Review: X-Men: First Class
The art of the prequel is fundamentally attempting to fill a gap that nobody needed filling. At the start of the century BryanSinger made two X-Men features that are among the best comic book movies yet made. It all went a bit awry with the third one, so for the fourth the way forward is to go backwards.
If you doubted the wisdom of this, Matthew (Kick-Ass) Vaughan's film on how it all started back in 1963 will make you a believer.
This is not intended as a begin-again reboot. If this film is successful a prequel trilogy is intended with the new cast (because a prequel trilogy turned out so well last time it was tried). It even begins in exactly the same place that Singer opened the original X-Men film – in a Nazi concentration camp with a young boy discovering his mag-netic mutant ability.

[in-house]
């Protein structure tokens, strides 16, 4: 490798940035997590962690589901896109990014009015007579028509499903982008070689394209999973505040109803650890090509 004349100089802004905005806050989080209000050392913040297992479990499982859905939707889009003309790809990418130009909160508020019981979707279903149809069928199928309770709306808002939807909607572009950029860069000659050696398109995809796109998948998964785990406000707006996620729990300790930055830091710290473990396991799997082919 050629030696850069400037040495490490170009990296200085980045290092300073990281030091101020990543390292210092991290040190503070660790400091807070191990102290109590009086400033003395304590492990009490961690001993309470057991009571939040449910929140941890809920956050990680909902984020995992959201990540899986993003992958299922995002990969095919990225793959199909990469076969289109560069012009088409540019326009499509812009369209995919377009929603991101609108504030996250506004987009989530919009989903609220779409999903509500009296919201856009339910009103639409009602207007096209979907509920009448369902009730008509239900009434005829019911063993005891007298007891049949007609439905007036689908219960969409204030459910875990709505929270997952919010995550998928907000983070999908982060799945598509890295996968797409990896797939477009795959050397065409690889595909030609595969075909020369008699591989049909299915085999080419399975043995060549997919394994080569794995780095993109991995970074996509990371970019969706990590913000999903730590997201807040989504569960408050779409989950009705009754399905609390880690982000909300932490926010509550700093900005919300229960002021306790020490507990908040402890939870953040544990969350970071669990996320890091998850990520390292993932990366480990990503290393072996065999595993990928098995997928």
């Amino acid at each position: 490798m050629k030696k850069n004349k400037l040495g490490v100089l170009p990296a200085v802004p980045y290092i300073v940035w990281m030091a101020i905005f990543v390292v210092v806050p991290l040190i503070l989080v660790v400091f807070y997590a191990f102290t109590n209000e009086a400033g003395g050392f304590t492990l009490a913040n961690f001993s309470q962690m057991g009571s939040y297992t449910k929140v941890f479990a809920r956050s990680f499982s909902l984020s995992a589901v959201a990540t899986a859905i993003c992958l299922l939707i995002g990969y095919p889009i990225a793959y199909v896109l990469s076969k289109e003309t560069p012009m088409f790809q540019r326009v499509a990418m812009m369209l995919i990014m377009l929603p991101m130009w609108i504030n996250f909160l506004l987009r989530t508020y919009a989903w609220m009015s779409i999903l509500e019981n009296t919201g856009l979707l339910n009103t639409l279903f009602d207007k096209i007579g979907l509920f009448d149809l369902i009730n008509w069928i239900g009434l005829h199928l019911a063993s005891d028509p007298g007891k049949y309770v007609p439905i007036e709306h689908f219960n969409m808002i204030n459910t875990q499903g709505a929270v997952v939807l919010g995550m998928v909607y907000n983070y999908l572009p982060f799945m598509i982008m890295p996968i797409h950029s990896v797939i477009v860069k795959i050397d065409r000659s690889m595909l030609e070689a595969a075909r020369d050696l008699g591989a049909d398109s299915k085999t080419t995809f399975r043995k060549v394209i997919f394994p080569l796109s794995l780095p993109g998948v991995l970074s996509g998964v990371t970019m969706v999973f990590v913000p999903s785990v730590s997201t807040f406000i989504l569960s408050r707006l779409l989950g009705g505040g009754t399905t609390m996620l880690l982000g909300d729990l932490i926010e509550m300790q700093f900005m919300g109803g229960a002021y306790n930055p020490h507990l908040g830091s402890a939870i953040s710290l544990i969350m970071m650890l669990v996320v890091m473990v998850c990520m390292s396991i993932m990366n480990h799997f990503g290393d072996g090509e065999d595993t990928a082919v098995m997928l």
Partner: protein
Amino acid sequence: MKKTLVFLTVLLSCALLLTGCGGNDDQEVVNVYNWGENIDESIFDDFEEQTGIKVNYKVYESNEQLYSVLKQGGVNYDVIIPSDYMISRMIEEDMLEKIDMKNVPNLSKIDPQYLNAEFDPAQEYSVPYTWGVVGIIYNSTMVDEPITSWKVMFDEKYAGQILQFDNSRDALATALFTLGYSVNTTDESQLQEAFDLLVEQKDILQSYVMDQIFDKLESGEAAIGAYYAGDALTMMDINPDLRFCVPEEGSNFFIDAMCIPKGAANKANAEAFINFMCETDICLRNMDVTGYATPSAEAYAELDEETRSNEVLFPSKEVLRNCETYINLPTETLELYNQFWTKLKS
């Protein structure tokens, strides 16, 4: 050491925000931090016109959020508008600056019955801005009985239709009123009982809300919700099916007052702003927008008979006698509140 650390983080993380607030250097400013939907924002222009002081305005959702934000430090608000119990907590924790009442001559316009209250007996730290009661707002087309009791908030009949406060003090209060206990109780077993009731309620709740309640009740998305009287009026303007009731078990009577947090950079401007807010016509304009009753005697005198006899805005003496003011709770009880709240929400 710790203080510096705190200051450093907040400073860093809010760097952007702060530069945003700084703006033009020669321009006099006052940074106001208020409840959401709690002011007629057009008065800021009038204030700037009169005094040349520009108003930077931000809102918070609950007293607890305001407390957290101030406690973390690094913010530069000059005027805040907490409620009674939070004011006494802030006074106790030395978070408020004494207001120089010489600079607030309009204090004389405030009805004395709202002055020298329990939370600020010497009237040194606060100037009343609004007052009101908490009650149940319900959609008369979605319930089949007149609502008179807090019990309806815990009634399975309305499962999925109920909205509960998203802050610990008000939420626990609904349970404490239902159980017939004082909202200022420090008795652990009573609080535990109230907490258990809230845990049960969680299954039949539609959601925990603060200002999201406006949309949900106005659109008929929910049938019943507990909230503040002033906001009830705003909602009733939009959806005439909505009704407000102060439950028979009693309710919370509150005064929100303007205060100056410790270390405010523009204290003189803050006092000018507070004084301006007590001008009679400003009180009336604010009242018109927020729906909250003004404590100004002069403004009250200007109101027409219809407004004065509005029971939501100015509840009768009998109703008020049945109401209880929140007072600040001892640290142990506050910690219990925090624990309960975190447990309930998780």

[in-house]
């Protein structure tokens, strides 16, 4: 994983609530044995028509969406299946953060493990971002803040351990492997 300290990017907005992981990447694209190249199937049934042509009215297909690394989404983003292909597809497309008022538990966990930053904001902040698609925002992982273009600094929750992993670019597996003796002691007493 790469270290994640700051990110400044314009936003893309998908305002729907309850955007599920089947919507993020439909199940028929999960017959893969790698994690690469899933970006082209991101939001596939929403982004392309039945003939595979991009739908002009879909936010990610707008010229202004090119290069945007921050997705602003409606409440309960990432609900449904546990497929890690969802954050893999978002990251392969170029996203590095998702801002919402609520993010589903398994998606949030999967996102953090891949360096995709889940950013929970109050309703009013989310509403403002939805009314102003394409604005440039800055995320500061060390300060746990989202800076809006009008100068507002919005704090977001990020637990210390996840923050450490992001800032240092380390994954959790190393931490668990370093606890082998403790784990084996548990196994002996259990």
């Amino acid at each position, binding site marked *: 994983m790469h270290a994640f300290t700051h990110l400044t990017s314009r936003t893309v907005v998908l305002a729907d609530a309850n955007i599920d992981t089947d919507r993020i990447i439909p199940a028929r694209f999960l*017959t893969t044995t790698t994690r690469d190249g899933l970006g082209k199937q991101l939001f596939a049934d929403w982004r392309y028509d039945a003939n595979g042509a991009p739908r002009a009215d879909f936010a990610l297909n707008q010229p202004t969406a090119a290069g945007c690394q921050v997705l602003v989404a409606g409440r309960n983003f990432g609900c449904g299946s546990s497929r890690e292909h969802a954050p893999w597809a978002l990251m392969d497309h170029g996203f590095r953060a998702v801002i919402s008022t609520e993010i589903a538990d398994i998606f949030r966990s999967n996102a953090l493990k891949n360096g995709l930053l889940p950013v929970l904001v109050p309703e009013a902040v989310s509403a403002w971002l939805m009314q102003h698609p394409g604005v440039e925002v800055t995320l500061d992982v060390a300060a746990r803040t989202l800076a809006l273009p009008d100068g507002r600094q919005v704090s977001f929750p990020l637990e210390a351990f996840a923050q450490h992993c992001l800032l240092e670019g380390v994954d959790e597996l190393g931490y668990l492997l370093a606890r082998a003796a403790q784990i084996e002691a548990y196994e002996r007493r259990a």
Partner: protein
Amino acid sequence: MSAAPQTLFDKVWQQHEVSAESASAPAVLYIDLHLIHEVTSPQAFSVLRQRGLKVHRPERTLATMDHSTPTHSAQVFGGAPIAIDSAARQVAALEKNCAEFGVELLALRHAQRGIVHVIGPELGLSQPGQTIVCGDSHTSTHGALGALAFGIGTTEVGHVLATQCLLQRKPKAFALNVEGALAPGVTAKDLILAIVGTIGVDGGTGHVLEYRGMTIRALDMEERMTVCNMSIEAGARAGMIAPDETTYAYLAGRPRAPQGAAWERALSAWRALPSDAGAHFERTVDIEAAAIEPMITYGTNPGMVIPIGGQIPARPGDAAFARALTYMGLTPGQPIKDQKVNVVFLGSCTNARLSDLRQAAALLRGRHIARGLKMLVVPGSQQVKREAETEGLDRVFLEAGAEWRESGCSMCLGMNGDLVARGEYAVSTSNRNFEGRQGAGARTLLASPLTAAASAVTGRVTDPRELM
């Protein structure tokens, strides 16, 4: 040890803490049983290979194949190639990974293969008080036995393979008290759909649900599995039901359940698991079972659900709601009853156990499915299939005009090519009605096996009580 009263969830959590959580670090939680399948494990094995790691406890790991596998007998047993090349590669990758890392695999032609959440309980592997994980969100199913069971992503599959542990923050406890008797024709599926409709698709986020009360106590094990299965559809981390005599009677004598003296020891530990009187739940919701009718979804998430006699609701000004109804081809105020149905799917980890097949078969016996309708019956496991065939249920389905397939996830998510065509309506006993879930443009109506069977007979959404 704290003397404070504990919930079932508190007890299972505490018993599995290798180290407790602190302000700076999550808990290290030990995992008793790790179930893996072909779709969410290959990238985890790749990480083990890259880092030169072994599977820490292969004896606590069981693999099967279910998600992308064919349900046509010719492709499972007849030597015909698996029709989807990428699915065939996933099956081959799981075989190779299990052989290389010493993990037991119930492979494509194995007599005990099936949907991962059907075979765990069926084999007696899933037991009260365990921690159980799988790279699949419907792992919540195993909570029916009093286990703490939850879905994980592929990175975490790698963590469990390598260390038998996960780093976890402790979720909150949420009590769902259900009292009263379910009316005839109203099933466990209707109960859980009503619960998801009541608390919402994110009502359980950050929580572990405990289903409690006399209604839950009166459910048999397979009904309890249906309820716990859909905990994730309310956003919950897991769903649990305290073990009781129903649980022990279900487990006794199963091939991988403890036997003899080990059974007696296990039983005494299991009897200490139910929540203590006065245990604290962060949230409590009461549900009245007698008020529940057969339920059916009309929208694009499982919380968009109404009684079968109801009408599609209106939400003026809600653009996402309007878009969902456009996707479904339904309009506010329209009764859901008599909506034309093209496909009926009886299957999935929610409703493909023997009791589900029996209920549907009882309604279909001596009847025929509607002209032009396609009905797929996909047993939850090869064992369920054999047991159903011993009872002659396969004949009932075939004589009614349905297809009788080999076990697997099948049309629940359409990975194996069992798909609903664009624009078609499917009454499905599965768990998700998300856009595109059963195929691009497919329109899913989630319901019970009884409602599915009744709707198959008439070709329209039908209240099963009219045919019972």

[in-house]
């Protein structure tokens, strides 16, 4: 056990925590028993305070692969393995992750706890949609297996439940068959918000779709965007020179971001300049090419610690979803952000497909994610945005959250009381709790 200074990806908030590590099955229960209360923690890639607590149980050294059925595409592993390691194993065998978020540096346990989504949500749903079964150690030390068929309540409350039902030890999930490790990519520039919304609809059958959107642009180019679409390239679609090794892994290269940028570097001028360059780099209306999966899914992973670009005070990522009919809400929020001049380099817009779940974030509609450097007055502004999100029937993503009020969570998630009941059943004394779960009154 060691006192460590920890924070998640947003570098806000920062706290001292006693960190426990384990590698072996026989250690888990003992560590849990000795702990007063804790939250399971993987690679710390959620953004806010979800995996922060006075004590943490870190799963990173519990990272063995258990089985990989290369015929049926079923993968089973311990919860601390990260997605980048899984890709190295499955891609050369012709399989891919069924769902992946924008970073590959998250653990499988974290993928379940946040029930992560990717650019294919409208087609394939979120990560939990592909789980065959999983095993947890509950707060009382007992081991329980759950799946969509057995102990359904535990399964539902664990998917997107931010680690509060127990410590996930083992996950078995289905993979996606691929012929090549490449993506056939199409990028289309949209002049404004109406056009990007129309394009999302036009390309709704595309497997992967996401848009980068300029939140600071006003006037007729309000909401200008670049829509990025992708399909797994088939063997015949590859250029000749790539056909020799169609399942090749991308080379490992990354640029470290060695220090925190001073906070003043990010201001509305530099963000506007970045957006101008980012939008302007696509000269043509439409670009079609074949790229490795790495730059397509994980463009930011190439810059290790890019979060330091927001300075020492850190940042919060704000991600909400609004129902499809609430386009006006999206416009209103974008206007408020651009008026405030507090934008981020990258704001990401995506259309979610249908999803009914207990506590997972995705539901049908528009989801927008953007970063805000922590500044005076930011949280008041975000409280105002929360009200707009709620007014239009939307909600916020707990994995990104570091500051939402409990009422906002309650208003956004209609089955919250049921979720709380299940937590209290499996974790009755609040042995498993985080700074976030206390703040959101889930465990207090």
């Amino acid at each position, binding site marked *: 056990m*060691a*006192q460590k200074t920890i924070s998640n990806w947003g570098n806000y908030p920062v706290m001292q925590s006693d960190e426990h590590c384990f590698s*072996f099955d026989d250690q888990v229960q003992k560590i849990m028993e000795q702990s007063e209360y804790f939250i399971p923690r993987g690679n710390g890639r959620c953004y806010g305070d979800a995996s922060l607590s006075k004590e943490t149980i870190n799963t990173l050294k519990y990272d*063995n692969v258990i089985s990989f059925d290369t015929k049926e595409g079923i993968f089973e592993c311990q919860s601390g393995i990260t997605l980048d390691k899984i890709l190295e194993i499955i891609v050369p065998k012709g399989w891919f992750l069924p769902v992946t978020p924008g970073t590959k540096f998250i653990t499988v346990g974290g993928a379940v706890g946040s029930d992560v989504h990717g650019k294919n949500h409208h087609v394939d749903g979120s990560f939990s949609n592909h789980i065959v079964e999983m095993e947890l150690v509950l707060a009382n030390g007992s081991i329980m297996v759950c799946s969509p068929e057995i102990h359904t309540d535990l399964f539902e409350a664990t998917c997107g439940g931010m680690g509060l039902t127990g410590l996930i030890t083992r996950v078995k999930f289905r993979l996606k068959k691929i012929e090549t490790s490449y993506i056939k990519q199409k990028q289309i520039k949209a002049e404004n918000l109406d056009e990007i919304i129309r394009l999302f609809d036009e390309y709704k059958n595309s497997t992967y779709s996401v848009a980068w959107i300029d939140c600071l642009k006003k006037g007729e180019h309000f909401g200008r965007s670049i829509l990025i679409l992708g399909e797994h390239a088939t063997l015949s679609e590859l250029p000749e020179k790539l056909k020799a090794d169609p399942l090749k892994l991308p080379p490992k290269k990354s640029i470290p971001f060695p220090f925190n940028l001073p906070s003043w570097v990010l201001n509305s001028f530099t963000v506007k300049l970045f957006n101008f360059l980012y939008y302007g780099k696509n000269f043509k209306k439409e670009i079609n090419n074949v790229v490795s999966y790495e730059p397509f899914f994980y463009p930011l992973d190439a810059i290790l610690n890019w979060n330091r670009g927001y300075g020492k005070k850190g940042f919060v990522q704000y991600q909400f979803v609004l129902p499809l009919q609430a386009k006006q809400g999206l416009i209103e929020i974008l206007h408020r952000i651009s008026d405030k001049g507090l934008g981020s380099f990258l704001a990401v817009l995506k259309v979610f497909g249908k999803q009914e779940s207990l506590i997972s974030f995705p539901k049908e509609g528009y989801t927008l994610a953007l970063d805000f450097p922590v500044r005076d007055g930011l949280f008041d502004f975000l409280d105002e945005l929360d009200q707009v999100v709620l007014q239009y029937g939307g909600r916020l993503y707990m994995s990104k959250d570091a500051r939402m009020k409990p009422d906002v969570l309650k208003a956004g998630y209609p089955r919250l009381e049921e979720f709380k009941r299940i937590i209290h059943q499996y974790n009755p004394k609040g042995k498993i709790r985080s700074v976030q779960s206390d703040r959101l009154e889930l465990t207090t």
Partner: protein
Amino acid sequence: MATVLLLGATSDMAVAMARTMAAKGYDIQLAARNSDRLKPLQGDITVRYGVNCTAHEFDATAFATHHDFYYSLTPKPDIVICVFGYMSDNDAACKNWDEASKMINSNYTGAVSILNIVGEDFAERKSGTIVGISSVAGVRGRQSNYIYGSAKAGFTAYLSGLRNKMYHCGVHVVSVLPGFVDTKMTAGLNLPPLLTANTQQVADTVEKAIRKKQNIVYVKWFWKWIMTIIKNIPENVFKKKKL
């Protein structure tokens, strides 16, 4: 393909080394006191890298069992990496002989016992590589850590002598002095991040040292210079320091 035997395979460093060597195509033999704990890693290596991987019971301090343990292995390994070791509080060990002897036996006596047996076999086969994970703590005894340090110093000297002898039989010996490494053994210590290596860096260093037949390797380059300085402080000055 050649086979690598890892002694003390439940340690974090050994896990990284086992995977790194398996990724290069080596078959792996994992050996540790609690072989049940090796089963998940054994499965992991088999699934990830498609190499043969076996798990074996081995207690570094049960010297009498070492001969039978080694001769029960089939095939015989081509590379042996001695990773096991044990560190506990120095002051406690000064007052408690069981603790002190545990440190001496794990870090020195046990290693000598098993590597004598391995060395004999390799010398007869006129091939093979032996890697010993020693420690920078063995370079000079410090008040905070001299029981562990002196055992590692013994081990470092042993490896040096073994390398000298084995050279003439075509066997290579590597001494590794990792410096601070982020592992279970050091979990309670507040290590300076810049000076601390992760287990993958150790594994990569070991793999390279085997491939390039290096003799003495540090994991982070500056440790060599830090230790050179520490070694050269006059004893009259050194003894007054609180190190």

The secret of the film is that it restores all the virtues of the original two films: a good ensemble cast, in a character driven piece where story was as important as action. It's not just an adventure but a sweeping mutant family saga.
The film's chief glory is a great cast. Not a cast full of big names but a cast packed with performers that are at that perfect point between breakthrough and establishment, performers still bursting to show what they can do.
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James McAvoy gives a perfect swotty righteousness to the young, mobile and hirsute Professor Xavier, while Michael Fassbender is tremendous as Magneto.
Even the older hands are on top form: Kevin Bacon makes for a fantastic villain.
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The story centres on the Cuban missiles crisis and director Vaughan makes the most of the sixties setting – at times it resembles a serious Austin Powers movie. It more than the just the trappings though, the film seems imbued with that sixties spirit of optimism, the hope that reason and brightly coloured uniforms were the way forward.
First Class shows that great comic book films don't need to be dark and brooding – fun, sexy and heartfelt can work just as well.
X-Men: First Class (12A)
Director: Matthew Vaughan
Starring: James McAvoy, Michael Fassbender, Jennifer Lawrence, Kevin Bacon, January Jones, Rose Byrne.
Length: 135 mins